People visiting intu Chapelfield, Norwich, will get the chance to experience a shopping centre visit from the perspective of an autistic child this August.
The centre will be handing out virtual reality headsets to customers on Saturday 27 and Sunday 28 August, to help people understand what it feels like to experience the sometimes overwhelming sights and sounds of a shopping centre, if you are autistic.
The project is part of a pioneering initiative between intu and the National Autistic Society, aiming to bring better awareness and support for autistic shoppers and their families.
The virtual reality experience is touring around 14 other intu shopping centres this summer, starting at intu Trafford centre in Manchester on 9 July before ending at intu Merry Hill in Dudley in September.
Using virtual reality to simulate the sights and sounds of a shopping centre, as experienced by someone on the autism spectrum, the project is linked to the National Autistic Society’s viral film ‘Can you make it to the end?, a 90 second film which portrays the sensory overload which can be experienced by an autistic child when visiting a shopping centre. [Watch the film on YouTube]
The virtual reality shopping experience is the latest event in the National Autistic Society’s ‘Too Much Information’ public awareness campaign. Launched in April, the campaign aims to increase public understanding of autism and is one of the first times virtual reality technology has been used to raise awareness of the condition.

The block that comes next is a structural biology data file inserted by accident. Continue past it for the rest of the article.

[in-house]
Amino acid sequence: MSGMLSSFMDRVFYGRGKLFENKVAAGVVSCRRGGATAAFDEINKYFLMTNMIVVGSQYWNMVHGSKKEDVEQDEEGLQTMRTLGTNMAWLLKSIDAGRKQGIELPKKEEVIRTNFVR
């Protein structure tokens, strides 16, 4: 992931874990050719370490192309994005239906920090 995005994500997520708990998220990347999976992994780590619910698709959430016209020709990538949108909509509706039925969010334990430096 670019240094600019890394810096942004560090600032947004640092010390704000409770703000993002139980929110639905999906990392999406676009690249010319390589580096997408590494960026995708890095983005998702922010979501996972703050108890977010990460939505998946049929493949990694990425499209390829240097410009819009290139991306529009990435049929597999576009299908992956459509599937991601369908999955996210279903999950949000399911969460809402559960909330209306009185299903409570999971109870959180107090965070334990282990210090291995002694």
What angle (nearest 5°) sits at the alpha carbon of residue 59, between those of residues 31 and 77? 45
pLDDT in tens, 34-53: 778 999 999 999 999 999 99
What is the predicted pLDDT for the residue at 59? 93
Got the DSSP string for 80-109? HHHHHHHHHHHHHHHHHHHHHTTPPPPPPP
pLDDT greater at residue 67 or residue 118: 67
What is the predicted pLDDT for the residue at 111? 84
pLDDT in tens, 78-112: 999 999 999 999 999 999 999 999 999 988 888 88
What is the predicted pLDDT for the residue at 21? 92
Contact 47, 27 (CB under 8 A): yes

Working towards becoming an ‘Autism Friendly’ shopping centre, intu Chapelfield staff will attend a half-day training course this September called ‘Understanding Autism’. Those who attend will train others in the centre, with additional online training sessions offered too. The aim is for all intu centres, including intu Chapelfield, to achieve the charity’s ‘Autism Friendly’ status within two years.
Sheridan Smith marketing manager at intu Chapelfield said: “We’re pleased to be working with the National Autistic Society to raise awareness of autism among all our shoppers and staff using this impactful virtual reality experience. More than 1 in 100 people are on the autism spectrum and our action in support of this campaign will help intu Chapelfield be as accessible and welcoming as possible to all guests.”
Alex Marshall, the 10-year-old autistic star of the campaign film said: “It really helps when people understand things, and this is a really cool way to do it – you can just show someone inside your head! When someone’s seen what it’s like, I think they’ll know why I get overwhelmed, and then they’ll understand that I’m not being naughty.”
Mark Lever, Chief Executive of the National Autistic Society said: “Half of autistic people and their families sometimes or often don’t leave their houses because they may receive judgemental and negative reactions to their autism from other members of the public. Virtual reality is such a fantastic medium and we want to use it to help people identify with a young autistic boy who is having a crisis in a shopping centre.”
To take part, visit the National Autistic Society’s stand on the lower ground mall, near Game, between 9am and 7pm on Saturday 27 August and 11am to 5pm on Sunday 28 August.
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